The religion of Islam is truly fascinating. Not only does it guide on major matters such as divinity, the afterlife and revelation, but it also speaks much about basic human practices such as cleanliness and matters related to one’s natural disposition.
It’s no wonder why many Muslims see religion as more of a lifestyle and a code of conduct than mere rituals. Islam has – in a remarkable manner – laid out everything there is to know when it comes to life in this world and the hereafter, and it has not spared the topic of grooming. For if one is not physically clean, it prevents one from being spiritually and mentally clean.
Such is the significance in Islam that many hadith and jurisprudence compilations begin with a chapter titled, Kitab al-Taharah i.e. The Book of Cleanliness.
The importance of cleanliness in Islam is deeply rooted in the Qur’an and prophetic traditions. For example, Allah mentions in the Qur’an, “Surely Allah loves those who are most repenting, and loves those who keep themselves pure.” [Holy Qur’an 2:222]
Remaining clean and keeping on top of grooming rituals may be difficult, which is why Allah reminds us that a simple act such as Wudhu has not been prescribed to make our lives difficult, but so that we can be grateful.
“O believers! When you rise up for prayer, wash your faces and your hands up to the elbows, wipe your heads, and wash your feet to the ankles. And if you are in a state of ˹full˺ impurity, then take a full bath. But if you are ill, on a journey, or have relieved yourselves, or have been intimate with your wives and cannot find water, then purify yourselves with clean earth by wiping your faces and hands. It is not Allah’s Will to burden you, but to purify you and complete His favour upon you, so perhaps you will be grateful.” [Holy Qur’an 5:6]
The hadith compilations are also replete with related traditions. In one narration, the Prophet ﷺ quite profoundly kept it straightforward when he said, “Cleanliness is half of faith.” [Sahih Muslim]
The hadith is thought-provoking as it gives us a picture of how important cleanliness is in Islam. The simple idea of it taking up that much space within the domain of faith goes to show how much importance Islam has placed upon the matter. In fact, before the advent of Islam, no such religion came close to dedicating as many traditions to the topic.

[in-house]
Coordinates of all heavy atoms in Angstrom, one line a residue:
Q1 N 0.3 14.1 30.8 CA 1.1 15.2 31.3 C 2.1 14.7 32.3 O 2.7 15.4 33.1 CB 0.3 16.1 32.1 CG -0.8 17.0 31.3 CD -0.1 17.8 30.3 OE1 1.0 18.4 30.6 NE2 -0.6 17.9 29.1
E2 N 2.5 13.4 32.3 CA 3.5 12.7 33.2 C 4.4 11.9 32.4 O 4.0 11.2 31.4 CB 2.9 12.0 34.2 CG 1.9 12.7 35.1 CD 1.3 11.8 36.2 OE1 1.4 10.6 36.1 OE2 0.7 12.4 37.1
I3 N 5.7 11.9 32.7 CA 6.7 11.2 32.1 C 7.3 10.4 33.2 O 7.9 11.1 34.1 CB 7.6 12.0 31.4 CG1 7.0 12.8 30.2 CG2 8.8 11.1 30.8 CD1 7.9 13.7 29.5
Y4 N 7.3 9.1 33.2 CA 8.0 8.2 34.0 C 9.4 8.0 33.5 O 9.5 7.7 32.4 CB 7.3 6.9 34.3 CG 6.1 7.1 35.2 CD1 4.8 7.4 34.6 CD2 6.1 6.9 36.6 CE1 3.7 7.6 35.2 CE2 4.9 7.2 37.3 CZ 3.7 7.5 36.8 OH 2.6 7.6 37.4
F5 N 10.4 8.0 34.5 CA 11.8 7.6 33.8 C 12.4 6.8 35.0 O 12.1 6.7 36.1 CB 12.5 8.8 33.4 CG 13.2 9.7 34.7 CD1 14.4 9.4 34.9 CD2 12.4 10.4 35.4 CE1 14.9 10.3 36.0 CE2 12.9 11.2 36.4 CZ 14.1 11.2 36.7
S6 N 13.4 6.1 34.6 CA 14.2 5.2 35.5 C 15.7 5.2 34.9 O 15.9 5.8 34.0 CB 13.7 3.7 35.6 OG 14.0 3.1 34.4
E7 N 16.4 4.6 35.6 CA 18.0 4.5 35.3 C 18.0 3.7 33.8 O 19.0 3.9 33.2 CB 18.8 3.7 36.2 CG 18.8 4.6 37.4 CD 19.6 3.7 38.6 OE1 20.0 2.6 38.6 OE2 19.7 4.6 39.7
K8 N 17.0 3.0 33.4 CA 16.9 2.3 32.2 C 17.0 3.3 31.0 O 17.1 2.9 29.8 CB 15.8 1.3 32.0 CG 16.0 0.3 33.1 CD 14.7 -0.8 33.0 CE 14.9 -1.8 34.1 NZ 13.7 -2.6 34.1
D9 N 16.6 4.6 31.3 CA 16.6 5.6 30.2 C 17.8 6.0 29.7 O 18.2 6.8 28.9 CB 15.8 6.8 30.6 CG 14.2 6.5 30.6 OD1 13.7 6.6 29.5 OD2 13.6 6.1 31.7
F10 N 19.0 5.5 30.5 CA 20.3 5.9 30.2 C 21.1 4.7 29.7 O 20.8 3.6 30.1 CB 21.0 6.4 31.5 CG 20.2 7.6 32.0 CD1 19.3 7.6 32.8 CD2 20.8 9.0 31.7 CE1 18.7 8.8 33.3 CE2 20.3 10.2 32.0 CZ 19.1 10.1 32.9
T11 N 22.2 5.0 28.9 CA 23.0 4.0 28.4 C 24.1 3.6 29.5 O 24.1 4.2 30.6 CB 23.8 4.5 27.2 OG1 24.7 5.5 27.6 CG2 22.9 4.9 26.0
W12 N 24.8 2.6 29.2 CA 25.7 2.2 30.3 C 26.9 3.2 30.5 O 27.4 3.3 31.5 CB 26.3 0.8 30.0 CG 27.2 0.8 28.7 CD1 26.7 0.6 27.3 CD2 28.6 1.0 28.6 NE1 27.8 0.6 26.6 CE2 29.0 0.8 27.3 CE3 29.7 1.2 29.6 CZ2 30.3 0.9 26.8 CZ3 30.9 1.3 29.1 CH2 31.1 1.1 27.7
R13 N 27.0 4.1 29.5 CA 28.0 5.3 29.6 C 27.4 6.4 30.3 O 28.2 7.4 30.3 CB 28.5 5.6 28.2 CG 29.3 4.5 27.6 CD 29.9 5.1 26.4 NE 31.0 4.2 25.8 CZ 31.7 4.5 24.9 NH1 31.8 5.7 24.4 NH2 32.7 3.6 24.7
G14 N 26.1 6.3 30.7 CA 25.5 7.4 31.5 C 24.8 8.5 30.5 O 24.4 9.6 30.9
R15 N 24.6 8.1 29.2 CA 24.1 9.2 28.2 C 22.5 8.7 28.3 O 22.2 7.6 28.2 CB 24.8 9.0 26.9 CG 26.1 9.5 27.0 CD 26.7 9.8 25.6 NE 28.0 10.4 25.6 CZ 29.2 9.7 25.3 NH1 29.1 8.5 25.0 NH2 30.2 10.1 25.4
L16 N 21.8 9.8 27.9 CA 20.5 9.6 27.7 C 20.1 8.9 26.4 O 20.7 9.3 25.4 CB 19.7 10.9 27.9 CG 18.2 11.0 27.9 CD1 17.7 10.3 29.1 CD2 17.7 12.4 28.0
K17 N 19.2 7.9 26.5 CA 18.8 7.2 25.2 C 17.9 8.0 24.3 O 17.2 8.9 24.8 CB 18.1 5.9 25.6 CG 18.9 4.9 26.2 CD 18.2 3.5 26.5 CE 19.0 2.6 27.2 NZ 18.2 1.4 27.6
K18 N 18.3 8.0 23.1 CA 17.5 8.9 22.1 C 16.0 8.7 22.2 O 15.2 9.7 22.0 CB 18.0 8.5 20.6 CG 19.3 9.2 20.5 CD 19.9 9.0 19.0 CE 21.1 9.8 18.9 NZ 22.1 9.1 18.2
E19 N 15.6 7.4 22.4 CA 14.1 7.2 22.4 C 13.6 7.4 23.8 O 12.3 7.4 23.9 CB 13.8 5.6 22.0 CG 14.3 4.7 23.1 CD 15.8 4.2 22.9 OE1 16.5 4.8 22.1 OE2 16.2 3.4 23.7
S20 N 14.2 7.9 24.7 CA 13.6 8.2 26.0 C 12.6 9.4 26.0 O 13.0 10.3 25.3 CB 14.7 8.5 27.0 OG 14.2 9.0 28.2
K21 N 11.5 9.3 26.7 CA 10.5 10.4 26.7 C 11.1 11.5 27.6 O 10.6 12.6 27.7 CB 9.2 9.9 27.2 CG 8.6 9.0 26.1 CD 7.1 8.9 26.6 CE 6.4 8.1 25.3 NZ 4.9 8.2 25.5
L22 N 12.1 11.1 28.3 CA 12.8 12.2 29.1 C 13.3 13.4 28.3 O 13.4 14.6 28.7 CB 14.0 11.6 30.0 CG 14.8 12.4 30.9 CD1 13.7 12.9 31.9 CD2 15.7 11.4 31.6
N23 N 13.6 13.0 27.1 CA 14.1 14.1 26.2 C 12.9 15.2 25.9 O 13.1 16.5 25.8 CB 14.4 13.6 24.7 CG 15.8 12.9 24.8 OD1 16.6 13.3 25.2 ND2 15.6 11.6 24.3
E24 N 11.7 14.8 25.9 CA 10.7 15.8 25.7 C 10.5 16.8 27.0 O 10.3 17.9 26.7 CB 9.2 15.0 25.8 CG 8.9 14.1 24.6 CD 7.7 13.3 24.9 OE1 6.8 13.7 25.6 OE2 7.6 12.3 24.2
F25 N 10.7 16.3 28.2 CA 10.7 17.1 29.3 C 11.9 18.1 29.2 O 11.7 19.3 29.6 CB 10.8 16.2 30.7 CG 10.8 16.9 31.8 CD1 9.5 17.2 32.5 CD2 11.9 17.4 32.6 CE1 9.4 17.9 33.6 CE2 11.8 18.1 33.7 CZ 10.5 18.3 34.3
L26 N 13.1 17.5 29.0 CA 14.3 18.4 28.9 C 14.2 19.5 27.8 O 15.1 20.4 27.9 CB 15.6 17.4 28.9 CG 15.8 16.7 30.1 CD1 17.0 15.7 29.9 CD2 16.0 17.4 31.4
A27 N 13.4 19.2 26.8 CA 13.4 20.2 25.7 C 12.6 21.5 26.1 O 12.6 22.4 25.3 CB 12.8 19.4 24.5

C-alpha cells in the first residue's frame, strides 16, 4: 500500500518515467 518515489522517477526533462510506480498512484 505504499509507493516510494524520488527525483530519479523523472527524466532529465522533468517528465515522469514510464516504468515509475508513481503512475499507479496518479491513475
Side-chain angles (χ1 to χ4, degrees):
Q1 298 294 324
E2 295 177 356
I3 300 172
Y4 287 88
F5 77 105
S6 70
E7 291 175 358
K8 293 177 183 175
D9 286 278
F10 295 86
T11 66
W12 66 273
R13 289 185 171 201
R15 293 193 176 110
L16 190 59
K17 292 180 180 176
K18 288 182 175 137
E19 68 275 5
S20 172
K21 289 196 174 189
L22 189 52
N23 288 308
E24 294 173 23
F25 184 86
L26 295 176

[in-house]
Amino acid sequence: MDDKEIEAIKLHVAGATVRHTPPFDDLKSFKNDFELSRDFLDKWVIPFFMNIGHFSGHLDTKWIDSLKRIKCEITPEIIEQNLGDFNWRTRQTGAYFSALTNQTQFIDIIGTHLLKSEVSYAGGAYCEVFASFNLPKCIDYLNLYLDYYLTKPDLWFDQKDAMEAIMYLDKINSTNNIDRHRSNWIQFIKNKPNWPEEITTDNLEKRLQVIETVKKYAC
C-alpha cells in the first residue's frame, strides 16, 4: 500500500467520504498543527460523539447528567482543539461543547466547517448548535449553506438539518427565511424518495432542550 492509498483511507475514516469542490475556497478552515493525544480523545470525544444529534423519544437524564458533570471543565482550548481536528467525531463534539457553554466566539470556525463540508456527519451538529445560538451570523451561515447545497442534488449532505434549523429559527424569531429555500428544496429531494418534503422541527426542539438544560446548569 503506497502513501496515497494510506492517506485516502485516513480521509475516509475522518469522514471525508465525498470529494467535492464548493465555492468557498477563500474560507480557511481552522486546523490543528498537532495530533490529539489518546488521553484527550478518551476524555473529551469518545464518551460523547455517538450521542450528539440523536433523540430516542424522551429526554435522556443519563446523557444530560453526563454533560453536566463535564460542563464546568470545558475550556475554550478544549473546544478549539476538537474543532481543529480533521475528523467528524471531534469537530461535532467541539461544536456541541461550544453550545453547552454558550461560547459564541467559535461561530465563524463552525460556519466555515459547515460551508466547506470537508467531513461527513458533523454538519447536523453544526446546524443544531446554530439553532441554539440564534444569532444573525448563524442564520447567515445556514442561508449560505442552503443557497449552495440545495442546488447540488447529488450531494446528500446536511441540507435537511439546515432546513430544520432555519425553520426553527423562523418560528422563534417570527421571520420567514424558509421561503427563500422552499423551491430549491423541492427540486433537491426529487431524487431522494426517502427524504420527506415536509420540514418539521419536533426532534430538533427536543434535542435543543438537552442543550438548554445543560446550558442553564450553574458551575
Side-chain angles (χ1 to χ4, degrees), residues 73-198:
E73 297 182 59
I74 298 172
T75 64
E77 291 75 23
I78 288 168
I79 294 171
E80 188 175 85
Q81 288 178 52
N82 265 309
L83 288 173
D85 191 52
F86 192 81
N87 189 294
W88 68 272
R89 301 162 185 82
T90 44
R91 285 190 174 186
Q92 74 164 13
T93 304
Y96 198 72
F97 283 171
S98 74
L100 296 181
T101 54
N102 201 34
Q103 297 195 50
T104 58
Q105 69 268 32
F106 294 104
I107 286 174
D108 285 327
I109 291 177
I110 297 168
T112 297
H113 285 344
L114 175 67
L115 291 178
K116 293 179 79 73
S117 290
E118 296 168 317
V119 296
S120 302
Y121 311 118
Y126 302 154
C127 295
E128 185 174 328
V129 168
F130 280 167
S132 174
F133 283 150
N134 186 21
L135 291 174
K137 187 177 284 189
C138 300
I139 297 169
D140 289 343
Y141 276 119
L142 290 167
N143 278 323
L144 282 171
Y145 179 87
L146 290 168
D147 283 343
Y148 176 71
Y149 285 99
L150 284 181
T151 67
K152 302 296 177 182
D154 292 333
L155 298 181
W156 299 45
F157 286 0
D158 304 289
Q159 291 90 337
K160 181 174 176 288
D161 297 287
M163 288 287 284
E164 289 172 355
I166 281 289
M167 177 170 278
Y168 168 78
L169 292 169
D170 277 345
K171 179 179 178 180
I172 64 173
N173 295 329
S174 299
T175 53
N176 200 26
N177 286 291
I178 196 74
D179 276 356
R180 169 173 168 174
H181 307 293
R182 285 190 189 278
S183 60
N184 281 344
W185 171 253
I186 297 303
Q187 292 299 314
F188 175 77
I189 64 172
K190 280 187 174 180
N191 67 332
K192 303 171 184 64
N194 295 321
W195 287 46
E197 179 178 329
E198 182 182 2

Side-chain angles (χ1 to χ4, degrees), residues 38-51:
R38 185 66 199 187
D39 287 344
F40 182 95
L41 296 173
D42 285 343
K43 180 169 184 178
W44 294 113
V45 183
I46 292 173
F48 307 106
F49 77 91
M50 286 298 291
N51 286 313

It could therefore be argued that cleanliness is the cornerstone of Islam. Without it, there is no full version of Islam. For many of us in a post-covid world, cleanliness has become significant. But at the very same time, the modern world views matters related to cleanliness lightly. Islam on the other hand has made cleanliness a permanent, indispensable, elemental and basal part of faith, without which there is no development of simple acts of worship.
Grooming in Islam
In one narration, the Prophet ﷺ mentioned, “Five are the acts quite akin to the Fitra, or five are the acts of Fitra: circumcision, shaving the pubes, cutting the nails, plucking the hair under the armpits and clipping the moustache.” [Sahih Muslim]
This hadith is profound as it sums up perfectly what a human ought to do to stay clean. The hadith is simple with clear guidelines and does not prescribe anything foreign to what a human being already knows. The word fitra in the hadith can be translated as a natural disposition which means acts that are closest to what we are inclined to do when we were first born. As human beings grow, they tend to learn behaviour from those around them, and sometimes this is at the cost of neglecting or forgetting what is natural to them. This hadith reminds us that certain acts of cleanliness are integral to our natural disposition.
The Prophet ﷺ not only told us about this but also made it clear how long we can leave things before its too late. In one narration it is mentioned, “[The Messenger of Allah ﷺ fixed the time for us paring the moustache, trimming the fingernails, shaving the pubic hairs and plucking the underarm hairs – that we not leave it for more than forty days.” [Jami’ Tirmidhi]
Islam is a holistic religion that focuses on every matter relevant to a human being’s life in this world. From hygiene to marriage and charity to trade, there is not a single thing Islam has missed. As we fast approach the blessed month of Ramadhan, let us take these few weeks to learn more about the Fiqh related to cleanliness in Islam.
Juber Ahmed is our Digital Editor and travel enthusiast with a keen interest in Islamic history and heritage. He travels with his wife to various places around the world and writes about his experiences.
Juber's favourite Quote...
"The World Is a Book and Those Who Do Not Travel Read Only One Page" [Saint Augustine]